Summary: Superheroes have become a dominating force in pop-culture, with characters like Spider-Man and Batman being instantly recognizable even to those who don’t read comics. Their widespread appeal is due in part to their adaptability; like classic mythology, these iconic characters are reinterpreted time and again, in ways that represent the values and fears of each generation.
“With great power comes great responsibility.” The first time I heard that phrase was in Sam Raimi’s 2002 classic superhero film Spider-Man. I was eight years old and didn’t reflect on what Uncle Ben was trying to impart to his nephew before his untimely demise, I was far more concerned with seeing Spider-Man beat up Bonesaw. I may have missed the point of the film when I was child, but the film did something far more important than have me reflect on what it means to grow up, it sparked a lifelong love of comic books and superheroes.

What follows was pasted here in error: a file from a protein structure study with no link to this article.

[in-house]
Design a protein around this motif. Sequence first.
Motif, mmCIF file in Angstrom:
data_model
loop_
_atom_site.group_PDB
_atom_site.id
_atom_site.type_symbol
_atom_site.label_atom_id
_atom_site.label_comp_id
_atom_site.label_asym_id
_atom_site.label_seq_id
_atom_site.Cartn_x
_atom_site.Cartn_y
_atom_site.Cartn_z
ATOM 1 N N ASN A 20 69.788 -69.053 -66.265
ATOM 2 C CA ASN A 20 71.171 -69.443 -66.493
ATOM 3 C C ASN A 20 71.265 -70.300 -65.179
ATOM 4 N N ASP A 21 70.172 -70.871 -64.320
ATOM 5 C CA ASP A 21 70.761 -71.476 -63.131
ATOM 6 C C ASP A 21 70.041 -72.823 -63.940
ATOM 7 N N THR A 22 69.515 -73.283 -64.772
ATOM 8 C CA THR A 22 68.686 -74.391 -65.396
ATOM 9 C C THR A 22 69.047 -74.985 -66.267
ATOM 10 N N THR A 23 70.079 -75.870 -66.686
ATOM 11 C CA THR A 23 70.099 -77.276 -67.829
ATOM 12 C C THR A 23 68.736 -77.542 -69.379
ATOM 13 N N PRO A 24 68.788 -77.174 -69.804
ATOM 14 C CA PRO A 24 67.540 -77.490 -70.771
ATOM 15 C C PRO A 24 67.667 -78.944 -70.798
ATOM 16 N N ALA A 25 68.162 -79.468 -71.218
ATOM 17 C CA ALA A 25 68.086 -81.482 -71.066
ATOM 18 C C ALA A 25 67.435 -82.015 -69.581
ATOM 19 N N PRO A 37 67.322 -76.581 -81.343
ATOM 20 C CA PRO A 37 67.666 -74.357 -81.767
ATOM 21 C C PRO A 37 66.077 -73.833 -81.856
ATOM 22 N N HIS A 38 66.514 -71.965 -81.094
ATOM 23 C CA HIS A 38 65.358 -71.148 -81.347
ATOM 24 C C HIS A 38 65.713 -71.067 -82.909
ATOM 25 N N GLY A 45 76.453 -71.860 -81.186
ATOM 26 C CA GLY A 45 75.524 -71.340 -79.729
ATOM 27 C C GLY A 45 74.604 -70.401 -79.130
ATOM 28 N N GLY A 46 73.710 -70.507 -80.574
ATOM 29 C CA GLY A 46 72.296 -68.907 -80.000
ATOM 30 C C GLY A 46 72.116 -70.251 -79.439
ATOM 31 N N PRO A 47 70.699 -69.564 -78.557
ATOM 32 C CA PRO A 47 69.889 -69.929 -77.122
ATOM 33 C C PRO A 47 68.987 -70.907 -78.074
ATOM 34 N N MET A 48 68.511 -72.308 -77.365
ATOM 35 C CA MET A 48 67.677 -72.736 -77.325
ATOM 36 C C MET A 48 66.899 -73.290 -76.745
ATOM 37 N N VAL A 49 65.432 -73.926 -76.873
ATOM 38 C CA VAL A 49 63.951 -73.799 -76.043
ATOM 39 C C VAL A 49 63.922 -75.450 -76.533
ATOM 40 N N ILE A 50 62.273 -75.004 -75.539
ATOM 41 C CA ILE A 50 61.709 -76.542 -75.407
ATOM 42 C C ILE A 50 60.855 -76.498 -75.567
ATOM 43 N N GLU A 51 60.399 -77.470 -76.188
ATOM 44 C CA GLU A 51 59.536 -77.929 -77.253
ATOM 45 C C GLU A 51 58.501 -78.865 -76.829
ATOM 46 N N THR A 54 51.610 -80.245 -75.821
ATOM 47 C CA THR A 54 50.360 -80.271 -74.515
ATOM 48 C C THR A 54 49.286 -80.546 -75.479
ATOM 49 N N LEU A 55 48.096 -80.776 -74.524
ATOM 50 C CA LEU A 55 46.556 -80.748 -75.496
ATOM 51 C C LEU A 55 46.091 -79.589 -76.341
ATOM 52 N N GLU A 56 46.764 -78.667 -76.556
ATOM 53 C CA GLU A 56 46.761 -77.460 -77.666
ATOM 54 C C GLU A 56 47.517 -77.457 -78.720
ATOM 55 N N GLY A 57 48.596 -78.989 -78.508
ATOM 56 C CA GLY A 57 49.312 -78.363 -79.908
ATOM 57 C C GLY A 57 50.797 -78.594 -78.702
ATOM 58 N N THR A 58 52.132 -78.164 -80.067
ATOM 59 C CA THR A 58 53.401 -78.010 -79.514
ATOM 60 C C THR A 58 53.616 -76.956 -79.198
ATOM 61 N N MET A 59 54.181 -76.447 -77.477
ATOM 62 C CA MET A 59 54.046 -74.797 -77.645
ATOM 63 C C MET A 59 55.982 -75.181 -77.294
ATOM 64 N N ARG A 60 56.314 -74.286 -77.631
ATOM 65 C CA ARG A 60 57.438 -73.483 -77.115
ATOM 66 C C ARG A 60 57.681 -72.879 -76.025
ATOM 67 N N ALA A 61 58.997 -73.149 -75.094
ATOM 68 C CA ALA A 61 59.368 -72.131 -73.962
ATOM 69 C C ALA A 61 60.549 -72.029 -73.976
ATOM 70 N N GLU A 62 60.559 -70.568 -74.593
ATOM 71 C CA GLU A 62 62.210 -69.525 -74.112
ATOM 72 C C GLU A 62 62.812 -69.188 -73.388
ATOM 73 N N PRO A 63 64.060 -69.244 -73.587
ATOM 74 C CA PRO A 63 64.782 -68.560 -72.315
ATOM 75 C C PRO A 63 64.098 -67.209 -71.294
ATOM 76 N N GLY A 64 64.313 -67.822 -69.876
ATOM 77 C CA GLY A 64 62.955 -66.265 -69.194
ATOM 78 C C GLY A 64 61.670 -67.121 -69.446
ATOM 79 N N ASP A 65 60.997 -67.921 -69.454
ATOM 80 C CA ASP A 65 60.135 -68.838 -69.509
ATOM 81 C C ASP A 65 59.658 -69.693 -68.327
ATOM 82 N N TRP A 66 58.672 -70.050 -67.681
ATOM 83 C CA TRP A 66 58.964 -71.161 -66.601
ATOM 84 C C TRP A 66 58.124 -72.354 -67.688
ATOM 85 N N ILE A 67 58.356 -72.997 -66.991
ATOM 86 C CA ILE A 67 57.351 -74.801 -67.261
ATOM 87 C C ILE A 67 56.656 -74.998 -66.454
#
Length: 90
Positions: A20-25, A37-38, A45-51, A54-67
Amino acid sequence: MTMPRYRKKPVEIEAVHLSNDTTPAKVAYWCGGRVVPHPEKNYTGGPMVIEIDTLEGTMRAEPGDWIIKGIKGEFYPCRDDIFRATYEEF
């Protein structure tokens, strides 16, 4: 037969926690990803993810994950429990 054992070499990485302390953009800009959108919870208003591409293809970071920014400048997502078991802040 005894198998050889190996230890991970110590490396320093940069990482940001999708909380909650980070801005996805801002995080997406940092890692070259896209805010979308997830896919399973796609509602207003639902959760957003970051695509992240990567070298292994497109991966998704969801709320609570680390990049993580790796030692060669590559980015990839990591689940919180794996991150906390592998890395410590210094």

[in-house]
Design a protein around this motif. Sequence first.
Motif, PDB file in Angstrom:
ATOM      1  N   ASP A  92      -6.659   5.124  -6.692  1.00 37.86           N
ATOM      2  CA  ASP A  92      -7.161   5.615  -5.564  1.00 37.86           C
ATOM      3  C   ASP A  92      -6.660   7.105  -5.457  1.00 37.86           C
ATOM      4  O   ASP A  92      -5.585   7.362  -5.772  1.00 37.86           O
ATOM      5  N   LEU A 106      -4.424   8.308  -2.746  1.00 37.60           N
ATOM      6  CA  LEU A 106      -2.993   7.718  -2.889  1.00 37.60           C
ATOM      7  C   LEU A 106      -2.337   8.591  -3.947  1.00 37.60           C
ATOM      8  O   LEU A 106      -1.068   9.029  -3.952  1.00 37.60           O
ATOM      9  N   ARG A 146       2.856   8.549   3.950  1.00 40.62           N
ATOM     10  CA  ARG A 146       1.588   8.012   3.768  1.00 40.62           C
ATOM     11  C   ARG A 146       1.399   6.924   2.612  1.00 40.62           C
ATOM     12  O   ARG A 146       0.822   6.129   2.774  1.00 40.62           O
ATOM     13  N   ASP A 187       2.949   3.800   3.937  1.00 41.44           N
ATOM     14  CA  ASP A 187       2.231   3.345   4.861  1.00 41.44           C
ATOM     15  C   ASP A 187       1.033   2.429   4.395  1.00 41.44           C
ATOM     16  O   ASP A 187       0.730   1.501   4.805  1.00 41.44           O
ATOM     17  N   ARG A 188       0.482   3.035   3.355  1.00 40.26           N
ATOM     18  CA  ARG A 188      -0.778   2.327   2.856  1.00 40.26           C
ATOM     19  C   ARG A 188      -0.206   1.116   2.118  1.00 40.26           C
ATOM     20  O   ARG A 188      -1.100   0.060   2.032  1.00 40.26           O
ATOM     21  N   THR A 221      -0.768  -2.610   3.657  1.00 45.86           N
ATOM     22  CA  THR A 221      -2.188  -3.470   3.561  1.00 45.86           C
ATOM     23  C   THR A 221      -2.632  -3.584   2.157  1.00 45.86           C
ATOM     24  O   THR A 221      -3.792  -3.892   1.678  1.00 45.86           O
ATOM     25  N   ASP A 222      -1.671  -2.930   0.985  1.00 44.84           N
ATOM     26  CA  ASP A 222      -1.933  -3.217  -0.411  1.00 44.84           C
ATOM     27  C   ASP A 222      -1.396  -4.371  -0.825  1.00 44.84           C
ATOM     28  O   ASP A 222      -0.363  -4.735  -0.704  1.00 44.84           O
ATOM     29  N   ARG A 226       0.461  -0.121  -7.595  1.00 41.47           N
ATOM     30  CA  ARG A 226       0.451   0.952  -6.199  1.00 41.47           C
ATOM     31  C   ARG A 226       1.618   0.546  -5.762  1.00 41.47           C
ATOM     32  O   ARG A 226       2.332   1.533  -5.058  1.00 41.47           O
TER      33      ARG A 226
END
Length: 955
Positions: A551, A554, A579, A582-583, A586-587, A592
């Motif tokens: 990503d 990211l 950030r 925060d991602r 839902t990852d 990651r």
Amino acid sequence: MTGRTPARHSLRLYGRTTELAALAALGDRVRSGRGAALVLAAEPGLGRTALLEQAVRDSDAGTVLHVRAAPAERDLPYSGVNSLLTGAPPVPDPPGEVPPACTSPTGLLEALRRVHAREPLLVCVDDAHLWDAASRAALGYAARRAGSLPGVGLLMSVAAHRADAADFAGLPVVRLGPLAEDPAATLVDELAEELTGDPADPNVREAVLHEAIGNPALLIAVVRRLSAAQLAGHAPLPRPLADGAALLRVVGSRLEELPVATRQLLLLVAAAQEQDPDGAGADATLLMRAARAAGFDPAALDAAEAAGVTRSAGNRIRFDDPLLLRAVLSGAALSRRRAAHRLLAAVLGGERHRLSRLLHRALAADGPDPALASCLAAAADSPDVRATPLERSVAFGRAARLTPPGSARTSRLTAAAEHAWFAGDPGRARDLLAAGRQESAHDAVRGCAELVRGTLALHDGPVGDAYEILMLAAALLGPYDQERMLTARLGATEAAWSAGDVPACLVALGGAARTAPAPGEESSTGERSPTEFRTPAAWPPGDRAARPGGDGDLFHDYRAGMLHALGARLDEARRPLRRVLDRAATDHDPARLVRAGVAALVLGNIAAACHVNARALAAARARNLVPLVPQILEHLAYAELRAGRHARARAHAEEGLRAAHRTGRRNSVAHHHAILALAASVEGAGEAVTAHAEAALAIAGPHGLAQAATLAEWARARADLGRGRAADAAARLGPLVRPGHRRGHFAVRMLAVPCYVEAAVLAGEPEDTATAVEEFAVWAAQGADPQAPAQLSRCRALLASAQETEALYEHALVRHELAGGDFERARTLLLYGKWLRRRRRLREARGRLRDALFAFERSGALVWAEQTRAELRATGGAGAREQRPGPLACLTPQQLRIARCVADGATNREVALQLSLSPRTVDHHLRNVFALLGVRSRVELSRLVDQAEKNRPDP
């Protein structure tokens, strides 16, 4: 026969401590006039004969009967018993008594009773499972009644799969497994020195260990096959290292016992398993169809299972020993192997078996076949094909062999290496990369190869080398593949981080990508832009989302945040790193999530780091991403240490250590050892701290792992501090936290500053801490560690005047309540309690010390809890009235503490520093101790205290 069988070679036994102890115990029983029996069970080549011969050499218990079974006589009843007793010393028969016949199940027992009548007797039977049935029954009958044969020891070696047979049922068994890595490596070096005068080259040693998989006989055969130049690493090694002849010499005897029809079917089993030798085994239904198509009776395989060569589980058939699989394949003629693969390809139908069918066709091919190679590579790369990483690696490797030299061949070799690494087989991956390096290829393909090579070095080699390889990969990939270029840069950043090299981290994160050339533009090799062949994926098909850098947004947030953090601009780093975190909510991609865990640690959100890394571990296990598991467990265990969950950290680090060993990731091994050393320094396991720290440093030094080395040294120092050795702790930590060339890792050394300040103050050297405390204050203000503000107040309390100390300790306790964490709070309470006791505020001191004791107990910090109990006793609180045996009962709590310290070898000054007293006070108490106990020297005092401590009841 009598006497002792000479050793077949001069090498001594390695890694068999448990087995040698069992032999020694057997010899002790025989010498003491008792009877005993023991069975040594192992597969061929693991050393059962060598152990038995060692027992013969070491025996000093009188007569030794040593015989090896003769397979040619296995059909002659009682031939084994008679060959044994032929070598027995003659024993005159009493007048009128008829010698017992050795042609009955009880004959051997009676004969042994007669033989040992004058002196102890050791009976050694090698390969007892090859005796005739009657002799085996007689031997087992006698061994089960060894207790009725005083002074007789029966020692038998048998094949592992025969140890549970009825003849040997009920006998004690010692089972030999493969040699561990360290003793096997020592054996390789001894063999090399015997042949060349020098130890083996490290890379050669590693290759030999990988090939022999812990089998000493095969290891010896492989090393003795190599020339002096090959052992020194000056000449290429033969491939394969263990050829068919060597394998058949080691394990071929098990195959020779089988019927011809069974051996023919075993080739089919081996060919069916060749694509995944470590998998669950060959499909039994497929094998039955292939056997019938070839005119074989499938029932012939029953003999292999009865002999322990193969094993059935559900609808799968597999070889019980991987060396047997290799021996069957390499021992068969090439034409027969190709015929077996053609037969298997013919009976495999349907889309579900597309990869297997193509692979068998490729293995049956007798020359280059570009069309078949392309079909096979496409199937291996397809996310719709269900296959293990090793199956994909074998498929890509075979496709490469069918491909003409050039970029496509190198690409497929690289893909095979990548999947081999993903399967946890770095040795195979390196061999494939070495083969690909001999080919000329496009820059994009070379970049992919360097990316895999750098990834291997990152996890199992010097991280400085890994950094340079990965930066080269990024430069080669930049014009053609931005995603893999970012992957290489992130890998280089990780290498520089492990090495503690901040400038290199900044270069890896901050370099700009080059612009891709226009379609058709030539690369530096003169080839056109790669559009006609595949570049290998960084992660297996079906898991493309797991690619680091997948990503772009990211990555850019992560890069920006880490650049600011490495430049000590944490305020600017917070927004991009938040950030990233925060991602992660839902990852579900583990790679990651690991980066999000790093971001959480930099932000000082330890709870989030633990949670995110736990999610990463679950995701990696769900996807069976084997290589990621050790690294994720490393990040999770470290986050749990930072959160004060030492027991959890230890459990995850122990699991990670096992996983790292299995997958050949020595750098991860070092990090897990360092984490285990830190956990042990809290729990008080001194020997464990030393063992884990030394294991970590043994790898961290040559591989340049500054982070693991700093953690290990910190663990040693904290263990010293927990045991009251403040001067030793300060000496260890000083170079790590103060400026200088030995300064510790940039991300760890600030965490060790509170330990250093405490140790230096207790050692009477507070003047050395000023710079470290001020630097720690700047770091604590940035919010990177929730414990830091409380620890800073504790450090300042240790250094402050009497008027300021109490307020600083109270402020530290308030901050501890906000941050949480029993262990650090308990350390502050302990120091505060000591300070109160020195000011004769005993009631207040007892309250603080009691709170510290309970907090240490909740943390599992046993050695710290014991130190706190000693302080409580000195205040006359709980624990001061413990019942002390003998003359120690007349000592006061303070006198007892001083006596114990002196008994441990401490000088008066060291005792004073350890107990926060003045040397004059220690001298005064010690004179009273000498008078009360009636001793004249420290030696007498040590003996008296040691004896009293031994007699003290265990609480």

For the last two decades there has been no greater dominating force in western culture than comic book movies. To date the Marvel Cinematic Universe has grossed over $25 Billion across 27 movies in 13 years. That’s not including the Marvel movies outside of the MCU, the television shows, the animated shows, the comics books, the t-shirts, the toys, the theme park rides, and the guys dressed as Avengers in times square. To put it bluntly, it’s Marvel’s world and we are living in it. The big question would be why? Why have characters that are nearly 70 years old become such icons in the modern day? For as grandiose as an Avengers film can be, the core tenant that has always made superheroes so compelling is that they are simply a reflection of us. In the way that Greek or Norse or Roman Mythology represented the values and fears of their time, so do Marvel and DC represent us.